Skip to Content

What’s the Difference Between a Lease Termination Charge and a Reletting Charge? (Comparison)

What’s the Difference Between a Lease Termination Charge and a Reletting Charge? (Comparison)

If you’re planning to move out and break your lease, then there are a few things that you should consider before doing so. Renting a place comes with a few benefits and disadvantages, moving out whenever you want to is one of the biggest setbacks of renting a place.

Most of the time you’re required to give your landlord a notice one month prior to moving out. If tenants break the lease before time, then there are some penalties and charges that they will have to pay.

In this article, I’ll tell you that what is the difference between a lease termination charge and reletting charge.

What’s a Lease Termination Charge?

A lease termination charge is a fee that allows you to break your lease early without any loss or risk of paying the entirety of rent due for the lease term.

But depending on the contract that you have signed, you might have to pay some additional fees or some charges for ending your lease early. The few you’ll have to pay for ending your lease early are usually defined in your lease.

According to Delaware Statutory Trust (DST), when the property is sold and the DST is dissolved, a termination fee may be due from the DST to the master tenant for ending the lease so as not to obstruct the property for the new owner of the property.

The property Laws for Lease

What’s a Reletting Charge?

A reletting charge is a fee that you pay to cover the damage of the landlord. You have to pay the estimated cost to the landlord for finding and placing a new tenant.

The reletting charge is described as written in the lease document and has your signature; excessive amounts (i.e. more than two months of rent) are typically void regardless of whether you agreed or not.

Tenant Has to Pay to Cover the Loss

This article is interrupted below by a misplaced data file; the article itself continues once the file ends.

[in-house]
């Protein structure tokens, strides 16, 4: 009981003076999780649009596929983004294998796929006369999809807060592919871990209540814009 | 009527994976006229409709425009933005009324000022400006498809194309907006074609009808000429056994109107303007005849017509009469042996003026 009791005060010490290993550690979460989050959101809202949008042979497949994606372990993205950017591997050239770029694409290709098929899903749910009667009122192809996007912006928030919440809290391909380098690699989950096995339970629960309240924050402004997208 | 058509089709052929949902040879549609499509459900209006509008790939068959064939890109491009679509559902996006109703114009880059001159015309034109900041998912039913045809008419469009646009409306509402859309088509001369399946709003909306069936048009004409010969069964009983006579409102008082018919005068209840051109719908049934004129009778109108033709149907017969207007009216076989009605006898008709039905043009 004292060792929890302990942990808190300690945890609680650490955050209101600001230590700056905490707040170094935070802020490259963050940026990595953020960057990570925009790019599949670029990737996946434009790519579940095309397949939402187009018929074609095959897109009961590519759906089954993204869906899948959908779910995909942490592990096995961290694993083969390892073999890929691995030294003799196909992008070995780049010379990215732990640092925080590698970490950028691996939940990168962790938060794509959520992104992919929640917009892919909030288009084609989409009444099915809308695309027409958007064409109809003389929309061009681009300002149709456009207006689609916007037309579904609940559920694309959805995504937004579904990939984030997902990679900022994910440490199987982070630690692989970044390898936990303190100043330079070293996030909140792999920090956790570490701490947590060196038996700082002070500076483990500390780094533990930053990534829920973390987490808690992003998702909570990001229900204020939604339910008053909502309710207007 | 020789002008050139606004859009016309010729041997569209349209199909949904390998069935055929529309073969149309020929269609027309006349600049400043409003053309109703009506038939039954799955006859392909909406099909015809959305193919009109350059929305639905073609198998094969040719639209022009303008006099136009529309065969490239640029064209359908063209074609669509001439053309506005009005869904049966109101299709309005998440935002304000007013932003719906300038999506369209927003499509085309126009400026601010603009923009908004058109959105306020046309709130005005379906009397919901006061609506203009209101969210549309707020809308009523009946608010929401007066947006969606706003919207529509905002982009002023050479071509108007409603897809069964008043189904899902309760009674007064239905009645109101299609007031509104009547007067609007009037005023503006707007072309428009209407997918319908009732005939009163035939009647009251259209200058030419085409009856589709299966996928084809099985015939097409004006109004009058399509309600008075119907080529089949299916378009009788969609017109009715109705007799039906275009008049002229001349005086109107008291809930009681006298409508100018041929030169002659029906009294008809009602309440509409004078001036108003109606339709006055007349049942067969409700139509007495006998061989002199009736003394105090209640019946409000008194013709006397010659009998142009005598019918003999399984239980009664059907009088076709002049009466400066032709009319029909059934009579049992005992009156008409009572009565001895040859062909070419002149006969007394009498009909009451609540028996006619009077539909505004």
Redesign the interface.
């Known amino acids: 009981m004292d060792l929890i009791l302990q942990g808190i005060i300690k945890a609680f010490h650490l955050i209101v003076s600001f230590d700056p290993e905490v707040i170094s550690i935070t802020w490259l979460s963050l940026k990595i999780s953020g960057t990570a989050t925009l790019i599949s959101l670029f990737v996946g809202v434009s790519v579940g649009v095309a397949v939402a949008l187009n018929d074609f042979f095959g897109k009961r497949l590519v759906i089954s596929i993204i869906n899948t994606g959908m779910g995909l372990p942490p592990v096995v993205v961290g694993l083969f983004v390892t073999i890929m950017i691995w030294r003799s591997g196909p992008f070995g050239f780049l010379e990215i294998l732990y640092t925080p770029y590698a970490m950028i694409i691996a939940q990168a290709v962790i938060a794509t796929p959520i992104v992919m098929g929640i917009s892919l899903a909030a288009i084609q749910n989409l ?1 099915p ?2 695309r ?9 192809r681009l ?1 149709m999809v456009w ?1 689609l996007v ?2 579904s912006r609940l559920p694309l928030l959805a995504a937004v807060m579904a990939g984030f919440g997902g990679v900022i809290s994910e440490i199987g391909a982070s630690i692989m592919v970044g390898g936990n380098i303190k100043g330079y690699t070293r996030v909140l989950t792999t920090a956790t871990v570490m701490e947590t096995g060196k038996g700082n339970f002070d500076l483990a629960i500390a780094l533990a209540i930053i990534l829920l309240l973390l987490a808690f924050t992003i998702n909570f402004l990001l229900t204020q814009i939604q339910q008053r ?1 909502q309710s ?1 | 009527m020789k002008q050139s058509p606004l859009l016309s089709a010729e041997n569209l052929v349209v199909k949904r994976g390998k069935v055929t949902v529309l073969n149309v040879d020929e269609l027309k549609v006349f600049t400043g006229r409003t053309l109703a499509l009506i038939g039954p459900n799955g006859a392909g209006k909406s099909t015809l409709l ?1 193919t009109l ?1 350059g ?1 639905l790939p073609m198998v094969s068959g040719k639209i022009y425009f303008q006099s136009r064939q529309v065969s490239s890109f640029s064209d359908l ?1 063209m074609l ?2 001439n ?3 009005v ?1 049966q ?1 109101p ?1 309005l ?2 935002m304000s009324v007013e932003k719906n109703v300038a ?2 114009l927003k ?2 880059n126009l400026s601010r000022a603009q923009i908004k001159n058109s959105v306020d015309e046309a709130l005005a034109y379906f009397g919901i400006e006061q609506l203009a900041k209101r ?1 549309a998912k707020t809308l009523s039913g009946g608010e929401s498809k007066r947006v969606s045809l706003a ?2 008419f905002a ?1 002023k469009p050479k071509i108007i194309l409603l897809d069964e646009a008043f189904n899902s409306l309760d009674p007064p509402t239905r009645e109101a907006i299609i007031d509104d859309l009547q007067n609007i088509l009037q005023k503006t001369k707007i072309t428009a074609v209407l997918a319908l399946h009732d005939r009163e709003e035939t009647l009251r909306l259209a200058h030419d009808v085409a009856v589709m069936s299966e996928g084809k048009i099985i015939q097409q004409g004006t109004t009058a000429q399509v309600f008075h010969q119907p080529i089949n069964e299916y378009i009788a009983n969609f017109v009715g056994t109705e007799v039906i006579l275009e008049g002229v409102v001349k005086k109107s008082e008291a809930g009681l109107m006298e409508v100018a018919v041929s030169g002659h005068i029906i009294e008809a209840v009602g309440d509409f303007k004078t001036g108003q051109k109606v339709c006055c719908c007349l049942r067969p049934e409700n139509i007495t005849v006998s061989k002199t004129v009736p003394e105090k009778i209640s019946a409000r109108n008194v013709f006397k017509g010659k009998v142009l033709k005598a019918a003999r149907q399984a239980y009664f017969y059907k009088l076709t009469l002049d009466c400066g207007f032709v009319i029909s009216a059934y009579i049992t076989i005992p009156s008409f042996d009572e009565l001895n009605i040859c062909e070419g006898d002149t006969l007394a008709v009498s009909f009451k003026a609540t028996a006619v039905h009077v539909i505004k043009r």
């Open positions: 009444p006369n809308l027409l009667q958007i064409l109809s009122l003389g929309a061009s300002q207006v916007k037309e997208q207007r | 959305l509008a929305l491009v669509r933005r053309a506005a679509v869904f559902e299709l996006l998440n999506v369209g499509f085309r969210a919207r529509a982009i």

The tenant has to pay for the loss of the landlord.

How Does the Lease Termination Charge Differ From Reletting Charge?

A lease termination charge and a reletting charge are two different things. A lease termination charge is a penalty that you have to pay to your landlord for ending or breaking the lease early.

Before leasing a place, you have to sign a leasing contract that mentions for how many months or years you are going to lease the property and pay the rent. If you decide to leave the property early and break the lease, then there is a certain amount that you’ll have to pay to your landlord.

Most of the time, you have to inform your landlord in advance that you’re going to end your lease. If you fail to do, then you’ll have to pay the rent for the remaining months and you’ll have to pay a penalty.

Whereas, a reletting charge is a fee that you pay to your landlord for ending the lease early. It’s the amount your landlord collects from you for causing the inconvenience by making the decision of breaking your lease.

What’s the Cost of Breaking a Lease?

The cost of breaking a lease depends on your leasing agreement. It’s mentioned on your contract that what will be the expense of ending your lease before time, so make sure you read your lease thoroughly before signing it.

In most cases, tenants have the option to pay a certain amount of fees to leave the place early. In such cases, tenants have to pay rent for one or two months, and then they can break their lease.

Regardless of whether tenants have paid any termination fee for leaving the place or not, it’s a rule by all the states that tenants have to inform landlords at least 30 days before moving out. If a tenant decides to move out uninformed and doesn’t give the landlord a prior notice, then he’ll have to pay the rent for the remaining months, assuming that the landlord couldn’t find a replacement.

However, there’s one thing that you should consider before ending or at least early, according to U.S. News, “if the landlord has to re-rent the place or unit at a price lower than already rented, then you have to pay that difference.”